Teststand Get Sequence File Name

Posted on by

If you have ever read anything National Instruments puts out on good code development practices they always talk about coupling and cohesion. That is, making code modules that are loosely coupled and have high cohesion.

I want the step name as part of the title in the title bar but can't figure out how to get it. I'm using TestStand 2.0.1. In TestStand 3.0 and later, you can also use the RunState.SequenceFile property and make ActiveX calls to obtain the sequence file version. First, you will have to change your sequence file reference to a PropertyObjectFile reference.

Teststand Version SelectorHadoop Sequence File

Coupling means that code modules are for the most part independent and not too “coupled” together. Cohesion means that the all the code in one module is there to perform the one purpose of that module. One way to build cohesion into a TestStand sequence is to make the separate tests (or whatever logical division you are using) into their own sequences. You can either have a sequence file call other sequence files or you can create a subsequence that is called from a main sequence. Ezoutlooksync Keygen.

The difference between the two is that subsequence is not visible in file directory, it’s just stored in the main sequence. Starting with the TSBasics2.seq sequence file from part 2 and renaming it TSBasics3.seq, I’ll show how to turn the Sine Amplitude and Frequency Test into a subsequence. Figure 1 shows the sequences pane, right click and select insert sequence.

​Name the new sequence AmplitudeAndFrequencyTest. Cut and paste the steps from the MainSequence into the new AmplitudeAndFrequencyTest sequence.

At this point this new sequence is still not called, so we have to drag a sequence call step from the Insertion Palette into the MainSequence and set it to call the new AmplitudeAndFrequencyTest sequence. Rename the sequence call, as shown in Figure 2, right click and select Specify Module. Then, click on the Use Current File check box and select AmplitudeAndFrequencyTest from the drop-down list as shown in Figure 3. Now that we have a subsequence in order to interact with this subsequence in a way that maintains good cohesion we have to add parameters to the subsequence. First, let’s use the Message Popup step type that will allow the user to set the stimulus frequency. This message popup will set the users input to the local variable called StimulusFrequency.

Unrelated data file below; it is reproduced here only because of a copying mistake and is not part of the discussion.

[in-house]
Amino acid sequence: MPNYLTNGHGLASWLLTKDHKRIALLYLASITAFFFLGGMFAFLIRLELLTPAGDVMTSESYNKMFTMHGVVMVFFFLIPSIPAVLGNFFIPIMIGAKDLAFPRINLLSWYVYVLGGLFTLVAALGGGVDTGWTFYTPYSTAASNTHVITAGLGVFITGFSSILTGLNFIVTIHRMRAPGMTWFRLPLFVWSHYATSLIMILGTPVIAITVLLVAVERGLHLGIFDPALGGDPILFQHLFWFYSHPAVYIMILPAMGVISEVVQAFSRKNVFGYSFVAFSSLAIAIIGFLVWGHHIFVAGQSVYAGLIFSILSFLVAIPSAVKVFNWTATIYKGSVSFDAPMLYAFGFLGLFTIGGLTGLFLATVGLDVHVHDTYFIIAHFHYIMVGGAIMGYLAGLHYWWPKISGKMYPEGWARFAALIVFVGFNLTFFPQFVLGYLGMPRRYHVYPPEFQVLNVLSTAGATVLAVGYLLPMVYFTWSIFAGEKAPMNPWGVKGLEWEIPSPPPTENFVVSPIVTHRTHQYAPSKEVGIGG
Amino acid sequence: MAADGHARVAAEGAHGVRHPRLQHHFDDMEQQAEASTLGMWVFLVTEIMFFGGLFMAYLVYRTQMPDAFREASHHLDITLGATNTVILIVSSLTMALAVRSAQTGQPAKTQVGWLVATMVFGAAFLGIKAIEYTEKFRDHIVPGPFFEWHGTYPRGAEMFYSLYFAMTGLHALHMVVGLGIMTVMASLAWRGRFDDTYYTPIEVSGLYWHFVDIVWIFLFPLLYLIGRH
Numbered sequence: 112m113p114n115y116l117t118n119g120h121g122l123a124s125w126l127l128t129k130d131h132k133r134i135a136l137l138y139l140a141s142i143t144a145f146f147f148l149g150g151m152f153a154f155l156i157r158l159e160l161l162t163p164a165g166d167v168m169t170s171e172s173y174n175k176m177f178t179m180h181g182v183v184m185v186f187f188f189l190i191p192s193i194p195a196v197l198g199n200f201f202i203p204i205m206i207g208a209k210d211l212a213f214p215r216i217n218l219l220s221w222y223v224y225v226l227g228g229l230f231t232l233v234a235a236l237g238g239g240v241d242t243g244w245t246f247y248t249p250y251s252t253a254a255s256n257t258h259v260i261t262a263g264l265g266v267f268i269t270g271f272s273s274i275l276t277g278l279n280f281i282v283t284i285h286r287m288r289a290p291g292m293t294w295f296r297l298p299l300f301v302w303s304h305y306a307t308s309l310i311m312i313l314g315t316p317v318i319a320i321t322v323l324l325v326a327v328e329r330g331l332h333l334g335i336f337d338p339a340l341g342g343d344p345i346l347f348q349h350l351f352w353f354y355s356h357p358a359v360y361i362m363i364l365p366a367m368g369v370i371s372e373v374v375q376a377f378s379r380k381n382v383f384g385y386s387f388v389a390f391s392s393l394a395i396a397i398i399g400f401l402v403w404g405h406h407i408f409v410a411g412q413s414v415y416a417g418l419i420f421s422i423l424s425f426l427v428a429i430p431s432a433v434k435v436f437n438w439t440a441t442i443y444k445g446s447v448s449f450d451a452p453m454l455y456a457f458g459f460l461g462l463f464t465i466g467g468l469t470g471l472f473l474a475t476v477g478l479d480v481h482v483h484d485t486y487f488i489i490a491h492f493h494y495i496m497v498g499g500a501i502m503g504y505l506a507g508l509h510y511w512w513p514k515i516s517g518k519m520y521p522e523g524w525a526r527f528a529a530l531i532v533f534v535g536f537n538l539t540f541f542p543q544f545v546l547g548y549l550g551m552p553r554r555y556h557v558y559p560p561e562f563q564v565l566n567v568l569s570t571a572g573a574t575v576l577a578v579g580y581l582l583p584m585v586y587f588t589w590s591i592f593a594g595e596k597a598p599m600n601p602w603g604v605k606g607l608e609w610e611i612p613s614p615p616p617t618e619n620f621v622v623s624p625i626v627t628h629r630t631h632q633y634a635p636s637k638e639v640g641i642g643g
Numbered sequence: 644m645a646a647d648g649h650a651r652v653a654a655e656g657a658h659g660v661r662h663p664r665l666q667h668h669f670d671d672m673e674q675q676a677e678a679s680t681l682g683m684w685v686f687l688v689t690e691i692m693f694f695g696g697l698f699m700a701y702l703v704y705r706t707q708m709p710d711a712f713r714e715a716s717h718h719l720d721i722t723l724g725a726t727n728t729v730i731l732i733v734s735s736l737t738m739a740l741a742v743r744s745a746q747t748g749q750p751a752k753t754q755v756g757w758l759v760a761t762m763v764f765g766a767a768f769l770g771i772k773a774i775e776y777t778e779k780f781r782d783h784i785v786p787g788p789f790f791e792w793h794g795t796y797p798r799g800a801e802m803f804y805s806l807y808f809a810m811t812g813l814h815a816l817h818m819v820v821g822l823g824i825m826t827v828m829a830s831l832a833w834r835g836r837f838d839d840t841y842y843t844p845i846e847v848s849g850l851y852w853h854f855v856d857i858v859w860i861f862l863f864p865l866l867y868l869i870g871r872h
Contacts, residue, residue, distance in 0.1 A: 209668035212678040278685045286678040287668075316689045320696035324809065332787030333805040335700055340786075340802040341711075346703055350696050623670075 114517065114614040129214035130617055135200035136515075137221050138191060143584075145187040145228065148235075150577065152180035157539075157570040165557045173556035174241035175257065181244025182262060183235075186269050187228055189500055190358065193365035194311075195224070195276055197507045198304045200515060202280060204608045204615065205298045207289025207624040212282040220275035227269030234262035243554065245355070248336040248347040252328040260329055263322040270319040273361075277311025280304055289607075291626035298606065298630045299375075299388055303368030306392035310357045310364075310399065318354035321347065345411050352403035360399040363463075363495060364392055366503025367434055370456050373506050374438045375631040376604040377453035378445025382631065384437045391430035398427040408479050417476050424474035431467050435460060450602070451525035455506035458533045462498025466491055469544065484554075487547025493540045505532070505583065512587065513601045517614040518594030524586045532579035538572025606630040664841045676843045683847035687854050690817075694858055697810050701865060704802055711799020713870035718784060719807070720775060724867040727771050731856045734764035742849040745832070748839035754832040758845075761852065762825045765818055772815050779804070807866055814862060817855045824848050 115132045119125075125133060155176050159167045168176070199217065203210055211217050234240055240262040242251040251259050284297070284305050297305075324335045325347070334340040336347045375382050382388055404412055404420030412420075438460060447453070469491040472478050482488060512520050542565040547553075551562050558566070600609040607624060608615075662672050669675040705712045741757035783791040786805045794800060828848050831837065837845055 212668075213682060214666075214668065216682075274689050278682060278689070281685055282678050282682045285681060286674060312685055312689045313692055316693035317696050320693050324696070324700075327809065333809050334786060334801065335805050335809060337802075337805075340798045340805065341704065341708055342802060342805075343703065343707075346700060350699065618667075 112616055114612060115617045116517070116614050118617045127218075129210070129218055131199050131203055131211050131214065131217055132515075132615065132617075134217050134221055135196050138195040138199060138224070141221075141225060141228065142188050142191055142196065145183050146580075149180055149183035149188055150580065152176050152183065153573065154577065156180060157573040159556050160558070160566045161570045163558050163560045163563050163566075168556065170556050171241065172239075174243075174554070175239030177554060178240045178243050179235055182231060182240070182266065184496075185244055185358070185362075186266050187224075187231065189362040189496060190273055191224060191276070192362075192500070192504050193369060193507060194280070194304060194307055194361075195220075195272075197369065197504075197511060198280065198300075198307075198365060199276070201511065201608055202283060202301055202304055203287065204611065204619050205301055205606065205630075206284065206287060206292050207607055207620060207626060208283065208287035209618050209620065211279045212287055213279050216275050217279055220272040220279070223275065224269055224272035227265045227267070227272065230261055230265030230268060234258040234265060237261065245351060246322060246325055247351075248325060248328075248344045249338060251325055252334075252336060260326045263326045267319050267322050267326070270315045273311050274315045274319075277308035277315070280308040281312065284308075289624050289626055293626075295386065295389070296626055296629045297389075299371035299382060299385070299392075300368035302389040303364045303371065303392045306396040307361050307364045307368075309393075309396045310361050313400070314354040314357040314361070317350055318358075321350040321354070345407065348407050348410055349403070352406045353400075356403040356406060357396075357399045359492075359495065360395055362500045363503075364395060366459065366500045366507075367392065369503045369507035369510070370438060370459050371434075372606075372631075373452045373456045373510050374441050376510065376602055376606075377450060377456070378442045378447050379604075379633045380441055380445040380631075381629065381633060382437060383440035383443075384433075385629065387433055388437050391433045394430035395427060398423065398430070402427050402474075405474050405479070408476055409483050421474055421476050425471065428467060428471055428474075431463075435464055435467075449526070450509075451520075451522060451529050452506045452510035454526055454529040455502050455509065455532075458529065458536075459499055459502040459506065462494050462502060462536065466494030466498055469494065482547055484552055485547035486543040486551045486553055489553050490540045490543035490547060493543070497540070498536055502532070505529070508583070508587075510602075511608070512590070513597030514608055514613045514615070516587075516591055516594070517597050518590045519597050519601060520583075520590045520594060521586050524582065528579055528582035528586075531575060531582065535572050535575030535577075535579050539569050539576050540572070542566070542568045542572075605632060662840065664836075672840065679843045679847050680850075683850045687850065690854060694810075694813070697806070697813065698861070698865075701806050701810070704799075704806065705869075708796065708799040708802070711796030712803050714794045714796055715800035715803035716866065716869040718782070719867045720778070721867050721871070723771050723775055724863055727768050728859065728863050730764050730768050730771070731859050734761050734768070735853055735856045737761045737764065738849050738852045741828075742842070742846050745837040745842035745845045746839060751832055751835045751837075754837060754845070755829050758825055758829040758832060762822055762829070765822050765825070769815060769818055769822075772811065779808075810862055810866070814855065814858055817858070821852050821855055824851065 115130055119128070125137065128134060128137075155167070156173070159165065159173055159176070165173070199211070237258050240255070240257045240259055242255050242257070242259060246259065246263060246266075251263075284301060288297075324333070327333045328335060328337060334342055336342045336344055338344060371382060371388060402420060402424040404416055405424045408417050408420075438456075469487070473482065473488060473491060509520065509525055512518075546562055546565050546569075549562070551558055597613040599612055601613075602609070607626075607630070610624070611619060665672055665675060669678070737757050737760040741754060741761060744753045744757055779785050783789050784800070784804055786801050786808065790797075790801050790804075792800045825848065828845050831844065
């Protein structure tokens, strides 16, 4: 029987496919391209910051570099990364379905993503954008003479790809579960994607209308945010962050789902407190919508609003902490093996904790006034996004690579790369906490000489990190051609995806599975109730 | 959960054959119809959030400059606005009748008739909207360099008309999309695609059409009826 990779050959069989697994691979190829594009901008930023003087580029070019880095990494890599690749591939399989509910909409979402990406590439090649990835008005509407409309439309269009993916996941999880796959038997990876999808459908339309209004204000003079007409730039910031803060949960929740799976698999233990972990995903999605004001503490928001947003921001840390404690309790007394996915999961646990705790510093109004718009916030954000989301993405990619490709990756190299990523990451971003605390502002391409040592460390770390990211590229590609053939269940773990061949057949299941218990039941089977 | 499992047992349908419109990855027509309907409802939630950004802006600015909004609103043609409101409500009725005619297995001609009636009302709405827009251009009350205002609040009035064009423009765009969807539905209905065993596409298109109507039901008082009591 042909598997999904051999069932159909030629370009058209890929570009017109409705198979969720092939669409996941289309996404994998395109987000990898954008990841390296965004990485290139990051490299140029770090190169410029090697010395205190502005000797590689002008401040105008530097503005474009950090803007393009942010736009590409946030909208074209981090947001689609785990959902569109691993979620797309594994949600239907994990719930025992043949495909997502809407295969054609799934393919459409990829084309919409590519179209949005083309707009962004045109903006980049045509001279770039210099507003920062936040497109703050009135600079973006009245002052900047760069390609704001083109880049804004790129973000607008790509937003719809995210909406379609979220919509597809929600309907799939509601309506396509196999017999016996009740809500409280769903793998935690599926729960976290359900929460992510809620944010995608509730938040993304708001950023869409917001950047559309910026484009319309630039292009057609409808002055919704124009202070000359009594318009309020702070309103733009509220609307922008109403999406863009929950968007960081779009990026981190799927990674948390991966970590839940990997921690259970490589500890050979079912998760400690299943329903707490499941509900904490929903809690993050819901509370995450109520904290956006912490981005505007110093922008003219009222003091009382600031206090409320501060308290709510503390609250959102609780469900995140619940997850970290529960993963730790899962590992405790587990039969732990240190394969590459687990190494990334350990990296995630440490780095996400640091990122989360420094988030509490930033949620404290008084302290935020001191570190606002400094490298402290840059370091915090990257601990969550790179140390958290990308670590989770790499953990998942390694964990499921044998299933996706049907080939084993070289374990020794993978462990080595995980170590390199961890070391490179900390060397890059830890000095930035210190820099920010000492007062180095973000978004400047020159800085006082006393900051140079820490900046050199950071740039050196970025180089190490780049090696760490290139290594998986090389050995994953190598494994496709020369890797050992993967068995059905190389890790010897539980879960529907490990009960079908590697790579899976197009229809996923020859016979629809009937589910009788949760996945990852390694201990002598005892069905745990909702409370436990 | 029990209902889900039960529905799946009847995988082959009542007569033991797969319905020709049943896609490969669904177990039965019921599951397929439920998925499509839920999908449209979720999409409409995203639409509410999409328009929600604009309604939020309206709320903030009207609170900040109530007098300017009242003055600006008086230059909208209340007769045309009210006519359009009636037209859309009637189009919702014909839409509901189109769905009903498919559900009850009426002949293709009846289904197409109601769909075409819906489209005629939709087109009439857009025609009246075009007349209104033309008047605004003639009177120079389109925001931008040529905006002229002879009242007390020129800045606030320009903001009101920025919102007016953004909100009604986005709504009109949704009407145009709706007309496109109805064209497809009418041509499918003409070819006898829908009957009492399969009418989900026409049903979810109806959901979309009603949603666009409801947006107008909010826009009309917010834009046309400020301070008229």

Then we will add a parameter to the AmplitudeAndFrequencyTest subsequence called SetStimulusFrequency which will be passed to the VI for testing and we will see the result on the report. ​Add the message popup step type (Figure 4). Create a local variable in the main sequence called StimulusFrequency. On the message popup, rename it to “Set Stimulus Frequency” and go to the Expressions tab of the step properties. Add the Post-Expression, Locals.StimulusFrequency=Val(Step.Result.Response) as shown in Figure 5.

This will assign the user response to the local variable and the Val function will convert the string to a number. Go to the Options tab of the Message popup and click the Enable Response Text Box option. This is what allows the user to input a value. Another thing we should do when adding user input is validate that input.

The user input is accepting a string and we are converting it into a number, we should make sure that is a valid number. Right now the limit on frequency is 4999 to 5001, let’s open that up to 1000 to 10000.

I’ll make two locals holding these values, 1000 and 10000. Then I’ll add a status expression to make sure the entered value is within this range. Figure 8 shows the expression. If the input is not in this range, then the step fails and we’ll add a post action to repeat the step on failure shown in Figure 9. ​We also have to go the Run Options tab in Figure 10 and uncheck the Step Failure Causes Sequence Failure option, or any incorrect entry will cause the test to fail.

Now, if you enter a number smaller or larger than 1000 to 10000, it will just pop back up to reenter. This isn’t totally fool-proof, for one thing there is no dialog explaining that you entered an invalid value and you could probably enter text into the dialog that would convert to a number in this range and the sequence would pass with some random input. Another problem is the validation values are not tied to the actual limits, so there could be a mismatch. So room for improvement.

The last thing I’m going to look at today is the Property Loader. The Property Loader is a step type that will load properties from a file or database.

Comments are closed.